Avondale Estates, a little east of Atlanta until recently had de-facto housing segregation through special real estate covenants. The history of housing segregation in Georgia, and the Atlanta area is both fascinating and frightening. If you zoom in on the Avondale Estates area, you’ll notice interesting racial disparities. There’s more information in this 50-year look back at the fair housing act.

Avondale Estates and the small towns to it’s north and east have been notorious for the disproportionate amount of revenue garnered from African Americans being stopped for minor traffic violations.

Georgia cities — especially Stone Mountain and Clarkston lead the nation in the fining of Black people

I wish we knew more, but like it’s voting transparency, information on racism in policing in Georgia is hard to come by.

Although one of my close friends (also African American) purchased a home in Avondale Estates in the ’90s, anecdotally (just from informal conversation), the number racialized policing and other incidents around exclusion have continued to grow.

I’ll detail one particular issue I’ve encountered. In Avondale, several times when walking while Black, my family and I have encountered on several occasions the question “Do you live around here?” Word of caution and advice for any (non-Black) person with the bad home training to ask this question. The 14th amendment of the Constitution of the United States is generally understood as guaranteeing access to the public roads to any US citizen, “green card” holder, or basically any human being regardless of what they look like. Dear White People, it’s not your militia/Klan duty to keep American or Avondale Estates or any other space in this country White. There’s my peculiar rant.

What can done? A few suggestions:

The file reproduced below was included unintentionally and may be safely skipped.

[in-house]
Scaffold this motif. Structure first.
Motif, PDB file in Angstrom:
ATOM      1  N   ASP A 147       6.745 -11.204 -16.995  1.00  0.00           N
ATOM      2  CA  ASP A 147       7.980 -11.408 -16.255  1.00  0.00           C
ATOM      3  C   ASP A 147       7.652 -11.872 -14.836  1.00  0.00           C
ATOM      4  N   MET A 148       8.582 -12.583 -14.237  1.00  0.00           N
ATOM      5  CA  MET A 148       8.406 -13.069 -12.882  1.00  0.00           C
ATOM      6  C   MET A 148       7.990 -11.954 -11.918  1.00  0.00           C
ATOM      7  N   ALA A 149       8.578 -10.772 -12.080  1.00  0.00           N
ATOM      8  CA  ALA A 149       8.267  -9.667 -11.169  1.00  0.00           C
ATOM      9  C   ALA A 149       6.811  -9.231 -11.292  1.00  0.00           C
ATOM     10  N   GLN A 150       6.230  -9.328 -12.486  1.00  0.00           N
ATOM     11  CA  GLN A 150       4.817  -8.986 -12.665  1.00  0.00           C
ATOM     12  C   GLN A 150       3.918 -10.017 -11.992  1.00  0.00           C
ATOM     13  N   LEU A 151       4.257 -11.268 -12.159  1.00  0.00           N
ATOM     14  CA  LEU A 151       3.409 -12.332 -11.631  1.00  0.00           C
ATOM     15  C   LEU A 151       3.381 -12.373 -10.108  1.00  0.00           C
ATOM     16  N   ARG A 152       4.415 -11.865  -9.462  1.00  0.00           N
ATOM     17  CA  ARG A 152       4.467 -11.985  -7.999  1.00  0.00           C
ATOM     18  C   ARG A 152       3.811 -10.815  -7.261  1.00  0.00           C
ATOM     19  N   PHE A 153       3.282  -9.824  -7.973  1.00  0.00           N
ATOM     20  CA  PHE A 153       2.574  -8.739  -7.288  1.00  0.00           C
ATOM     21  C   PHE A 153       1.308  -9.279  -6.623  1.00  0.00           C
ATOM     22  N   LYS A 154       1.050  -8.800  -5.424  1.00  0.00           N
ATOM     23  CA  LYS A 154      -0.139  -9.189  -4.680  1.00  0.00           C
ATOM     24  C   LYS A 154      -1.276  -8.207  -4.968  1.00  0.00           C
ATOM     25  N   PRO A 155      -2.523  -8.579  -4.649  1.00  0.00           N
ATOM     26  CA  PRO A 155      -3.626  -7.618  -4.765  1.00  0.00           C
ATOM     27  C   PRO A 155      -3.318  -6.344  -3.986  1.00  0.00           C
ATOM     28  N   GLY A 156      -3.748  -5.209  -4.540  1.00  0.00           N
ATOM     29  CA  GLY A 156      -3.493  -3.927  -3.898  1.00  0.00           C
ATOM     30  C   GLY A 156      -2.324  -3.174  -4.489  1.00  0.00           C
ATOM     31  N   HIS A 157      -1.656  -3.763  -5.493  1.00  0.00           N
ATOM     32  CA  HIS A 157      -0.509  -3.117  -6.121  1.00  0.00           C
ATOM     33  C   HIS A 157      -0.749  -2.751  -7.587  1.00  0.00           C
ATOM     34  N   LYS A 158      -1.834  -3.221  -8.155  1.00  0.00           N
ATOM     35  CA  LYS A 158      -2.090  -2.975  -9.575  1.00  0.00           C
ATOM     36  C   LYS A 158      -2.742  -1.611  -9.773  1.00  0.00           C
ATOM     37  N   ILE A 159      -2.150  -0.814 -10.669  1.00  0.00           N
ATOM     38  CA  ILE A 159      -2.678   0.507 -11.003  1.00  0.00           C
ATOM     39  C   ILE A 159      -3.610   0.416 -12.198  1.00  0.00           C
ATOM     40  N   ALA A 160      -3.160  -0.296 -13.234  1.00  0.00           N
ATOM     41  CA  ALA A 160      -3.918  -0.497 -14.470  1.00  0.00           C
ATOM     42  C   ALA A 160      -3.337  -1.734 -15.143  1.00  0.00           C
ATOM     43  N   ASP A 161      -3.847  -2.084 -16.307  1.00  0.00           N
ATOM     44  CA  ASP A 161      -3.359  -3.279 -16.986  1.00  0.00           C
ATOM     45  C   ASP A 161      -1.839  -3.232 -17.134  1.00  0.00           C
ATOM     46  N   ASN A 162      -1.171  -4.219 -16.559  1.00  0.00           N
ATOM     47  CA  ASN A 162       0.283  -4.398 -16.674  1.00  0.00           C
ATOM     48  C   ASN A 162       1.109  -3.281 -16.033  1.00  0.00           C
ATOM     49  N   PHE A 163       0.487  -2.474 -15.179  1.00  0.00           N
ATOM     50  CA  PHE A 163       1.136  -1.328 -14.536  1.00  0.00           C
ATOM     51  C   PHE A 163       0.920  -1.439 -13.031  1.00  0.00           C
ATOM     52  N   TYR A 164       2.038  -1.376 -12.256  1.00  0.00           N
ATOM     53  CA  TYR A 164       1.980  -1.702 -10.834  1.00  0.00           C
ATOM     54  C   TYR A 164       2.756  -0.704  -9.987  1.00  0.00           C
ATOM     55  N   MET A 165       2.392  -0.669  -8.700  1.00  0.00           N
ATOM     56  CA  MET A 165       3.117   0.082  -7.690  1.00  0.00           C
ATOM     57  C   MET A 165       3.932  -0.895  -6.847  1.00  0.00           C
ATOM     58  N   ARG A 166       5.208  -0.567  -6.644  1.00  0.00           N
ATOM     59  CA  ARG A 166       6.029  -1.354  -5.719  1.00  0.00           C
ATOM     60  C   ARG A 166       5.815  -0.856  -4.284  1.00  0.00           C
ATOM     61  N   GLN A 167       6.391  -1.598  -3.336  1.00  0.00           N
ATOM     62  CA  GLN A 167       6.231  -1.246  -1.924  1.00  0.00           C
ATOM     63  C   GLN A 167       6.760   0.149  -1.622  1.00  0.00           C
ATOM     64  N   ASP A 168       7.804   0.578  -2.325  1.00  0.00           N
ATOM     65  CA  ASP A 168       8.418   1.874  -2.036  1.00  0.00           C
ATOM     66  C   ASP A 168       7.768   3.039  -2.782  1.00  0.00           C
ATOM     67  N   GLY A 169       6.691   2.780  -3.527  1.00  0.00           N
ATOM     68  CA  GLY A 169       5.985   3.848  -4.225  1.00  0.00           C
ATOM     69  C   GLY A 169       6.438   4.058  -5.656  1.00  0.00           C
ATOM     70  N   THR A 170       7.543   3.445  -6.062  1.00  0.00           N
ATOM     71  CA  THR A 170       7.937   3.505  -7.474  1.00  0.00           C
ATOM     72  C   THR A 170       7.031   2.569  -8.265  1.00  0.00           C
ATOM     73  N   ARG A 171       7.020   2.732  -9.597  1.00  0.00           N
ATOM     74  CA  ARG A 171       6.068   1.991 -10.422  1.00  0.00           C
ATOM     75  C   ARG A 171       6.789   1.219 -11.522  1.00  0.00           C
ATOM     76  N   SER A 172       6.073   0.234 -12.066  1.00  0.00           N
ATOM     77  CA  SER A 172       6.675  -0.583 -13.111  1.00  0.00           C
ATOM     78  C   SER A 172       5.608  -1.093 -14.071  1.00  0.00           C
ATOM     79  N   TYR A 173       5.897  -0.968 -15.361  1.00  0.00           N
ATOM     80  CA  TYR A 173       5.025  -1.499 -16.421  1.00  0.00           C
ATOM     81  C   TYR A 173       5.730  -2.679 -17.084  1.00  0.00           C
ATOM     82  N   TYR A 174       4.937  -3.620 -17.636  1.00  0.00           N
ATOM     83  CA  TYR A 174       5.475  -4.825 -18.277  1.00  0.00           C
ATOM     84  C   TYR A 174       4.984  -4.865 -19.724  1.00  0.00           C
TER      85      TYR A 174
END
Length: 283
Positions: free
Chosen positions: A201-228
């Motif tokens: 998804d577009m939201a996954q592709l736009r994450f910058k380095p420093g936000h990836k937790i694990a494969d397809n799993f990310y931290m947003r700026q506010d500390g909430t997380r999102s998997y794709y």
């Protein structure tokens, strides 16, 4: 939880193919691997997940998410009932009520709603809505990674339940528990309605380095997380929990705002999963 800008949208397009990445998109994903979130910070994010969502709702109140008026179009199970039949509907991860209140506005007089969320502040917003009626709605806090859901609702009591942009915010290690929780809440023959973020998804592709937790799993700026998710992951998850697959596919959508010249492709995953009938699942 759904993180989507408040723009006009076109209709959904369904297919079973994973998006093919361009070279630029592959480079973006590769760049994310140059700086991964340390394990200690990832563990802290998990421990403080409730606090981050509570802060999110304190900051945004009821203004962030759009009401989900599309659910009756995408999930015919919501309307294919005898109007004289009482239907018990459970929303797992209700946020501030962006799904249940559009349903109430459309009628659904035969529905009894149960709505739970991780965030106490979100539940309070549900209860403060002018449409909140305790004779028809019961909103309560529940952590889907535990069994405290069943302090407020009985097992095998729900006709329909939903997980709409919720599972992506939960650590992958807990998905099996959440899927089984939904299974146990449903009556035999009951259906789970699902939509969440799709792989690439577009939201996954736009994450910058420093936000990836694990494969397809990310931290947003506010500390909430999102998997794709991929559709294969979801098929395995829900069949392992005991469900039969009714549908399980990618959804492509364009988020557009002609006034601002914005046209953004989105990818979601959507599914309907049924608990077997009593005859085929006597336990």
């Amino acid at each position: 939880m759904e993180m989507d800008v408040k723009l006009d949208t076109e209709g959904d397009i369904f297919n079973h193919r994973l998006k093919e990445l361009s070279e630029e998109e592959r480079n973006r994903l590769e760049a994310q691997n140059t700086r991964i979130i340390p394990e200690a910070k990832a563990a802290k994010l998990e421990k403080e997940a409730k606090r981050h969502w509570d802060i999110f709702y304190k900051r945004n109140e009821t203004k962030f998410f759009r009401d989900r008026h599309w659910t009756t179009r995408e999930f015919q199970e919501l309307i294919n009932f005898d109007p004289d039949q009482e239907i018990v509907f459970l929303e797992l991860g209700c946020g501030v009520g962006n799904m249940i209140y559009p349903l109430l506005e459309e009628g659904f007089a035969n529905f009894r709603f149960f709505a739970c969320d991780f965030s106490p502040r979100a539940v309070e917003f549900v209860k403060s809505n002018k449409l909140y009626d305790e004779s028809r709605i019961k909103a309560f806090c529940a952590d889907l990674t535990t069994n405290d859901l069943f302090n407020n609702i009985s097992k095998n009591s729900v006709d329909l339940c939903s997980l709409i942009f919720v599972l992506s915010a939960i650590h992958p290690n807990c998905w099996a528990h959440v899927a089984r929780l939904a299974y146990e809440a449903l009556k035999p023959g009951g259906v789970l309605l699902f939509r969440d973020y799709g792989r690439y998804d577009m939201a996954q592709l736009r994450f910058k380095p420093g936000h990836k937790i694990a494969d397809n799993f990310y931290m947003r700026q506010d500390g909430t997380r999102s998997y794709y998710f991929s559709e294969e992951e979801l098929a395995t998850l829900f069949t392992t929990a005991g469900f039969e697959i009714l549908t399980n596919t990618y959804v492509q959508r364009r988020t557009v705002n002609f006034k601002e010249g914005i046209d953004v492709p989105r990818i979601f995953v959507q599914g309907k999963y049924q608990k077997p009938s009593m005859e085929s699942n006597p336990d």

• Check out the hash tag #StopRacialProfilingAvondaleEstatesGA
• When you see these incidents going down, use your phone and record.
• Start demanding accountability from your police officers, city and county representatives.

Let’s end the police state together.

You should record technical talks!

A few days ago I attended the talk “Sparsity, oracles and inference in high-dimensional statistics” by Sara van der Geer who is visiting Georgia Tech. The talk is described here.

But I didn’t record the talk! I had a working iPhone! I only have an after thought photo of the white board that remained after the lecture

Just focus on lambda!

Phones are ubiquitous and there’s nothing like a short clip that can distill some of the essence of an idea, a lecture. Maybe it’s all those “No recording devices, please!” announcements at concerts, or that my videography skills are in need of serious help.

PSA: If you think that someone is bring across some important knowledge, record it — give them their attribution, don’t steal their stuff — but you are sharing knowledge with the world!

So what was the talk about? If you do machine learning, the idea of regularization is probably familiar. L1 regularization a.k.a Least Absolute Shrinkage and Selection Operator ak.a. lasso in particular assigns a penalty on the absolute value of the predictor weights. It’s an technique that reduces the tendency to overfit to the training data. There’s a whole book on it called Statistical Learning with Sparsity that you can download for free!